One explanation of American whiskey being called bourbon was simply because bourbon was invented in Bourbon County. Many related accounts expound on this idea, claiming Elijah Craig was the first to distill "bourbon" in Bourbon County that was called "Bourbon County Whiskey." The name was eventually shortened to just bourbon. The unfortunate side to this tale is that Mr. Craig never distilled in Bourbon County and there is not one single place where bourbon can accurately be said to have been invented.

Others say that the bourbon name grew from Kentucky's trade with southern cities. Whiskey was a popular export from Kentucky, and much of it was shipped down the Ohio River. The primary port in Kentucky served Bourbon County, an area where a lot of corn whiskey was being produced. However, the vast Bourbon County was subdivided into 34 smaller counties as the 19th century approached, and the region was then known as Old Bourbon County. The whiskey that was made in this Old Bourbon region was labeled "Old Bourbon Whiskey" on the barrels that were shipped down river. As time went by and more whiskey was shipped, people began to understand Old Bourbon Whiskey to be the corn-based whiskey that many had not tasted before. Eventually, "bourbon" was the name used by whiskey drinkers to distinguish it from rye.

Along those same lines, another account tells us that both Bourbon County and Kentucky earned a respected reputation for the whiskey that the early Americans made there. "Kentucky bourbon" became the popular, generic classification for the whiskey that came from that part of the county, differentiating it from Pennsylvania rye.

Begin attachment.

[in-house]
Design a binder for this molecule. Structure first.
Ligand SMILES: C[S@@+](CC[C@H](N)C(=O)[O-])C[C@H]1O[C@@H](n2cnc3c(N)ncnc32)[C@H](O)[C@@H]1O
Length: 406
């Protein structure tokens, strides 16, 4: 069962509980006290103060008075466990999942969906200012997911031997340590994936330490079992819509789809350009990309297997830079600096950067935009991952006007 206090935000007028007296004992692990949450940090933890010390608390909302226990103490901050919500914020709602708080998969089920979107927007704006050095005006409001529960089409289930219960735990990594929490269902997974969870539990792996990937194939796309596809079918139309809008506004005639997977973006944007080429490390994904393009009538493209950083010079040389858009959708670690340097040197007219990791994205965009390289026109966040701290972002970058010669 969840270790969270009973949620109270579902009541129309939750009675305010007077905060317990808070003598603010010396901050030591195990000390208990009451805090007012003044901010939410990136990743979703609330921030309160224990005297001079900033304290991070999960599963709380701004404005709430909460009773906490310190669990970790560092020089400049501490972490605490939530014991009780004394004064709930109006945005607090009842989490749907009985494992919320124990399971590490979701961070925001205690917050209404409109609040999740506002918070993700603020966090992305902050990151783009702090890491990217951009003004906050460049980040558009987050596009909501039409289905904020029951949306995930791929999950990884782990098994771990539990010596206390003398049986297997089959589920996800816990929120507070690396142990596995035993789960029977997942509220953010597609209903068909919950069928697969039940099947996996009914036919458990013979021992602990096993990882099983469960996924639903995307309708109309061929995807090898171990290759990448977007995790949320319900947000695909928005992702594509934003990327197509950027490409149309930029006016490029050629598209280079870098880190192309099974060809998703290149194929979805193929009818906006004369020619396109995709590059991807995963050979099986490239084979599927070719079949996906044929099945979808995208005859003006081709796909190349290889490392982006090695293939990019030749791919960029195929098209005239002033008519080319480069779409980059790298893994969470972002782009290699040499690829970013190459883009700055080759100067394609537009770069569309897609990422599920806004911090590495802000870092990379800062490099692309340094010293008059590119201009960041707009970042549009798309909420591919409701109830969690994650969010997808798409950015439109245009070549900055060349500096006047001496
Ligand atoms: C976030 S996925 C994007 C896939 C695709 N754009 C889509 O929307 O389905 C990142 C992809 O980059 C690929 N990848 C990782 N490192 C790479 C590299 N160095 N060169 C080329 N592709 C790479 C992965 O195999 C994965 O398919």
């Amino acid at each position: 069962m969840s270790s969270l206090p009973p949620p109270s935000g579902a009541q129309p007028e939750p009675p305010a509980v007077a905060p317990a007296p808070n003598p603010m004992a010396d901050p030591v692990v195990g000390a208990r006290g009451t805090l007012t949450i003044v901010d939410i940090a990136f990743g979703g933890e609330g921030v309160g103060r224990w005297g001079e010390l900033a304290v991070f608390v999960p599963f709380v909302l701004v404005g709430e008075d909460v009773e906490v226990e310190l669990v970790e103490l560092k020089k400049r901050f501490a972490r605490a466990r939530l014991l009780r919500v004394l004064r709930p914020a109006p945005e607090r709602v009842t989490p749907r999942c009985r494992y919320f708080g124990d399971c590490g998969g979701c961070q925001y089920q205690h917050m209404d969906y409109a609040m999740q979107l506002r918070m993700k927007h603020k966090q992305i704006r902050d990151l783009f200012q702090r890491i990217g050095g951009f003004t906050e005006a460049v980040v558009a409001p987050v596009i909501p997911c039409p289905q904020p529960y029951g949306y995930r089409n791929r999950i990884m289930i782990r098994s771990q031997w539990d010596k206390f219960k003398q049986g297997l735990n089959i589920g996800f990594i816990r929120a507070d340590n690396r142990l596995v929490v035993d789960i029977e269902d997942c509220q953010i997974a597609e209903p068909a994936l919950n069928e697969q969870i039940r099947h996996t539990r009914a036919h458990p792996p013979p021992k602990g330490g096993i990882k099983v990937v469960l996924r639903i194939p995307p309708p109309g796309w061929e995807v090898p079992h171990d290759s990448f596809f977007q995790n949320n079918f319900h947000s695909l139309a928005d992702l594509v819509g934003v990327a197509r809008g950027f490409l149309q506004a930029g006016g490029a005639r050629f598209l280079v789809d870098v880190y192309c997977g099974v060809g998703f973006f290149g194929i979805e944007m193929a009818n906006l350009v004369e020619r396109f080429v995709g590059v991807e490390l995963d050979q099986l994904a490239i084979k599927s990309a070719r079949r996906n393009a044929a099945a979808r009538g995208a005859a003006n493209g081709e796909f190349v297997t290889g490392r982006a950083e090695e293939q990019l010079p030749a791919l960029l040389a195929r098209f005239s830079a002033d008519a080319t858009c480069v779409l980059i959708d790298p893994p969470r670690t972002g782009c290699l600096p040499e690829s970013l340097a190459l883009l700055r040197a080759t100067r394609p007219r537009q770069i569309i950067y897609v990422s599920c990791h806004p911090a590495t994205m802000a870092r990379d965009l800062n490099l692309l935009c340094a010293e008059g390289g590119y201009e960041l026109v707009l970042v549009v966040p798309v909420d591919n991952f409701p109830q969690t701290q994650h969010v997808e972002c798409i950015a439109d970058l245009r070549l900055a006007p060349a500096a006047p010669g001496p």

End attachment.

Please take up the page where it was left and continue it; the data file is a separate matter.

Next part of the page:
Still other accounts discuss how advertising gave bourbon its name. When whiskey was shipped down the Mississippi River, it was referred to as "whiskey from Bourbon," meaning Bourbon County. In 1821, it was first advertised as "bourbon whiskey," and within 20 years, bourbon was the household name for American corn whiskey.

Finally, another explanation goes like this. By 1786, bourbon was known as "Kentucky" or "Western whiskey" so people could tell it apart it from Pennsylvania and Maryland whiskey. In this same year, about, Bourbon County was created, and near this time whiskey was first floated down the Mississippi River for trade with New Orleans and St. Louis from Bourbon County. The whiskey became to be known as "bourbon" based on its point of origin.

Well it seems that no two stories are the same. But despite the nuances, the common thread of Bourbon County remains. The most plausible explanation appears to be that many different distillers in and around Bourbon County made whiskey from corn. Since there was a concentration of these whiskey makers in the area, their corn product became associated with the Bourbon County region. Whether by trade, advertising, or word-of-mouth, this Bourbon County whiskey became popular, and eventually became known as bourbon. So, Scotch comes from Scotland, Irish whisky comes from Ireland, and at one point, corn whiskey came from Bourbon County and the surrounding area.